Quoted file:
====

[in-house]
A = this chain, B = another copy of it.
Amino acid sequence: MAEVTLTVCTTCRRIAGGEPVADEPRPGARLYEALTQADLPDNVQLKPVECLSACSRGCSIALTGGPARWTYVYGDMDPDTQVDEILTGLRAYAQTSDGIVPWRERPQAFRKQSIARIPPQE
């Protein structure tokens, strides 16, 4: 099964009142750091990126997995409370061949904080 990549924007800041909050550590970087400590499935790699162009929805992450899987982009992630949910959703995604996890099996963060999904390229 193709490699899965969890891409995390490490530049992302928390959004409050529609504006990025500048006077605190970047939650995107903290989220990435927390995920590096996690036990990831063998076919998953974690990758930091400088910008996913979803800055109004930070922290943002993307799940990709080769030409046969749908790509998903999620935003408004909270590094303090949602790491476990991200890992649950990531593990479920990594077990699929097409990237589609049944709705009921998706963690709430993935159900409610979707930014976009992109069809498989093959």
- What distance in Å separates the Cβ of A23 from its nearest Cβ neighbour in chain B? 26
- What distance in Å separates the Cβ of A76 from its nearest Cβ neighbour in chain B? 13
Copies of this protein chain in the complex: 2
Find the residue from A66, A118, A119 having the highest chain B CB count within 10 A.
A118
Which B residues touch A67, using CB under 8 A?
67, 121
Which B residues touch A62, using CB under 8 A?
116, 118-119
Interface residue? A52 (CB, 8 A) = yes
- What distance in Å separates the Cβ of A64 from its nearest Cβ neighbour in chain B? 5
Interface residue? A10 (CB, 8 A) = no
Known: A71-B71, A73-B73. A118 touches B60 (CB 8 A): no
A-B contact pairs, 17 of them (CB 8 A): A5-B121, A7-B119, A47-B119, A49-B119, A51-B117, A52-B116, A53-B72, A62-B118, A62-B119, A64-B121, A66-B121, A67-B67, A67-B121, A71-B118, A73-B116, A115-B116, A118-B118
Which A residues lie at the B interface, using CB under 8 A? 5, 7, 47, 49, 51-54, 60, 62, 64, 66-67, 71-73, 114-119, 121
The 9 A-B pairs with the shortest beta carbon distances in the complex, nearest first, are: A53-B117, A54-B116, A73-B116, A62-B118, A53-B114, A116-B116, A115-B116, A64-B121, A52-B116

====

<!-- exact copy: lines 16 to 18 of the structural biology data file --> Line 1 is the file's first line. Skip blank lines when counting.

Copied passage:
Interface residue? A10 (CB, 8 A) = no
Known: A71-B71, A73-B73. A118 touches B60 (CB 8 A): no
A-B contact pairs, 17 of them (CB 8 A): A5-B121, A7-B119, A47-B119, A49-B119, A51-B117, A52-B116, A53-B72, A62-B118, A62-B119, A64-B121, A66-B121, A67-B67, A67-B121, A71-B118, A73-B116, A115-B116, A118-B118